How a Category 1 Hurricane Like Isaac Can Do Plenty of Damage

Waves crashing on Orange Beach, AL. <a href="https://twitter.com/jen_517/status/240553108638425089/photo/1/large">jen_517</a>/Twitter

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Update 8/29 2:15 EDT: Hurricane Isaac hit the Gulf Coast early Wednesday morning. Wind speeds have slowed, but the storm moving at just 6 miles per hour is expected to dump rain up to 20 inches of rain over the next day.

New Orleans’ federal levee system, given a $14.5 billion upgrade post-Katrina, has held back the storm surges so far.  Storm surges as high as 12 feet did overtop a local levee in Plaquemines Parish, Louisiana, flooding the area and leaving dozens stranded on their roofs. More than half a million Louisiana residents are also without power. Isaac is expected to weaken as it continues inland, with rain continuing for another day.

Exactly seven years to the day since Katrina hit, Hurricane Isaac is set to make landfall in Louisiana and Mississippi Wednesday morning. Isaac didn’t rain too hard on the GOP’s convention parade in Tampa, but the slow-moving and large Category 1 hurricane can still do a plenty of damage as it heads up the Mississippi.

For starters, the area covered by Hurricane Isaac is huge. The storm’s outer edges are raining down on Florida and North Carolina, some 200 miles from the eye of the hurricane. The hardest hit areas along the Gulf will likely be dumped with over 24 hours of heavy rain. Earlier today, President Obama signed a declaration of emergency in Mississippi. Offshore oil rigs, which have reported wind speeds of 90 mph, are also being evacuated.

High winds create the biggest threat to coastal regions: storm surges. The crests of water pushed ashore by hurricane winds flood and destroy all property in their path. The National Oceanic and Atmospheric Administration (NOAA) earlier tweeted out a specific warning explaining the danger of storm surges.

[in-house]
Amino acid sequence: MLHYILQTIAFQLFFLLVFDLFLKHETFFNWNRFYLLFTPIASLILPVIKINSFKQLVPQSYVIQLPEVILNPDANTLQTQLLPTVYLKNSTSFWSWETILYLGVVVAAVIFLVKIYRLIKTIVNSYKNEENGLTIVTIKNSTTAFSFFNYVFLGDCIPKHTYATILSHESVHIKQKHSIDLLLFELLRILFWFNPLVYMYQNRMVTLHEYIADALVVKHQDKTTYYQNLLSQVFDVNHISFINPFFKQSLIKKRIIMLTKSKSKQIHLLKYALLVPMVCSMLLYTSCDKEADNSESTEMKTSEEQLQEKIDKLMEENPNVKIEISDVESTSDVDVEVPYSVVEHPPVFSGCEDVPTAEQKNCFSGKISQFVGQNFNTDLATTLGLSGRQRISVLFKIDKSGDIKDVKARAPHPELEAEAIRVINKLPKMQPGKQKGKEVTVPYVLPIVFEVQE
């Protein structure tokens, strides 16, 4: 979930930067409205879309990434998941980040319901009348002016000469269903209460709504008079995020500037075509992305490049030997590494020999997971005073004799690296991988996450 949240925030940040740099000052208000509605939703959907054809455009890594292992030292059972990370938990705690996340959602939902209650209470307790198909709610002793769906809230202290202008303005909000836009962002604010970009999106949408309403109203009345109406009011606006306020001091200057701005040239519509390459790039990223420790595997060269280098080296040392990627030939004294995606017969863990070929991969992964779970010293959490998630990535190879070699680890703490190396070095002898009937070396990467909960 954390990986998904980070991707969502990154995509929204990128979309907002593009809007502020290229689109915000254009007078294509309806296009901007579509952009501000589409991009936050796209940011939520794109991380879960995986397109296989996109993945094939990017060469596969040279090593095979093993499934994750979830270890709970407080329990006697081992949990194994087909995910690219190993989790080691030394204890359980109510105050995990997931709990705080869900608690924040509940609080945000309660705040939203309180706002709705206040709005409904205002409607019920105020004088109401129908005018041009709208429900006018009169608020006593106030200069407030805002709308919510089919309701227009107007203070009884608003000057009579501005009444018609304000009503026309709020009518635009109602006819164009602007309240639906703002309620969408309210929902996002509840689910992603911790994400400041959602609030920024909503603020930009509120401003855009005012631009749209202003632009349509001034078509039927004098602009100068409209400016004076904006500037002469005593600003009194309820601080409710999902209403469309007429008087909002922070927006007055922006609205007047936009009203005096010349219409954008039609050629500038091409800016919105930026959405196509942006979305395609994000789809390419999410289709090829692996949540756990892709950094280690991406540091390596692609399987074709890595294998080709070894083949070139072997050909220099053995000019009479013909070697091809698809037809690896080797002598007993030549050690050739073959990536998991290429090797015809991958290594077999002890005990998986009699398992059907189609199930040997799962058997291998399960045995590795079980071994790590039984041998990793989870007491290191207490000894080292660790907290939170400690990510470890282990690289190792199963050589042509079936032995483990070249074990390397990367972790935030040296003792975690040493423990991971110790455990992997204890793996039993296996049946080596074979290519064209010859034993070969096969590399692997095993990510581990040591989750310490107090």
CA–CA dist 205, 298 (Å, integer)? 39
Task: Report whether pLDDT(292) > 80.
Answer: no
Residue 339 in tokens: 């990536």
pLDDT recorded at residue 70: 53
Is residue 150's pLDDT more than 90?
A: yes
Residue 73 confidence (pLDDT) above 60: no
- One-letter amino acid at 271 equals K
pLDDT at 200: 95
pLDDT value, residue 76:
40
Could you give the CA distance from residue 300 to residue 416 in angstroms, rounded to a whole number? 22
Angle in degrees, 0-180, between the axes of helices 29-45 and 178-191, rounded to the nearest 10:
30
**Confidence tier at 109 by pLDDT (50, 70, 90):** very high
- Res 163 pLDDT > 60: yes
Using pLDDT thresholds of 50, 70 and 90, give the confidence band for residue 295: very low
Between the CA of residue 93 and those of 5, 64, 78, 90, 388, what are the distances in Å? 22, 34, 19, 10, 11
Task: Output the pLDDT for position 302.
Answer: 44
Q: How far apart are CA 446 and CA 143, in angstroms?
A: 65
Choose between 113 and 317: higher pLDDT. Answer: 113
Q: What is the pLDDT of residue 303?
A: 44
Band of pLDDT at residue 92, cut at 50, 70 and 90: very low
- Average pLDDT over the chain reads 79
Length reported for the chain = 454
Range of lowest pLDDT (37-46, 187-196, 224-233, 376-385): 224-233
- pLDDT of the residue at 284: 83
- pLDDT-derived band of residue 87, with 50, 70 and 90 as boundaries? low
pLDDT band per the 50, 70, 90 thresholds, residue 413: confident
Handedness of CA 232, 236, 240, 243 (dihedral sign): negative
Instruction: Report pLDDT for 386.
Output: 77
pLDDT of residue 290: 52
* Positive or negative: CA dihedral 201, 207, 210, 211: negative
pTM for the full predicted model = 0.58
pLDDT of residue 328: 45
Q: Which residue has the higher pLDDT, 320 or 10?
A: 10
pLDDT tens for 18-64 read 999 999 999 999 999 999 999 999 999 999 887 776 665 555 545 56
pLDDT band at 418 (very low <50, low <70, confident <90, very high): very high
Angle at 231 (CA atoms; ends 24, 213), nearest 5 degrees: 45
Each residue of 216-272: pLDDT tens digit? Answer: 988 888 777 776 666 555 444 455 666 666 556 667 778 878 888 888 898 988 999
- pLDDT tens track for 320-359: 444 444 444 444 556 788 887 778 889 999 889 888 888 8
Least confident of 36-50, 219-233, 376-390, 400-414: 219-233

In 2005, storm surges caused by Katrina overwhelmed the levee system, wrecking catastrophic damage across New Orleans. Isaac doesn’t have the Category 5 intensity of Katrina, but even a Category 1 hurricane can do plenty of damage. For example, Hurricane Claudette in 2003 battered the coast of Texas for more than 24 hours, causing $180 million in damage. Aside from storm surges, long and heavy rain from Hurricane Isaac can cause flooding on its own.

Storm trackers might want to check out Google’s Hurricane Isaac crisis map, embedded below. The full map has links to government announcements, hurricane information, and geotagged user videos.

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SIX TRUTHS

Reclaiming power from those who abuse it often starts with telling the truth. And in "This Is How Authoritarians Get Defeated," MoJo's Monika Bauerlein unpacks six truths to remember during the homestretch of an election where democracy, truth, and decency are on the line.

Truth #1: The chaos is the point.

Truth #2: Team Reality is bigger than it seems.

Truth #3: Facebook owns this.

Truth #4: When we go to work, we're in the fight.

Truth #5: It's about minority rule.

Truth #6: The only thing that can save us is…us.

Please take a moment to see how all these truths add up, because what happens in the weeks and months ahead will reverberate for at least a generation and we better be prepared.

And if you think journalism like Mother Jones'—that calls it like it is, that will never acquiesce to power, that looks where others don't—can help guide us through this historic, high-stakes moment, and you're able to right now, please help us reach our $350,000 goal by October 31 with a donation today. It's all hands on deck for democracy.

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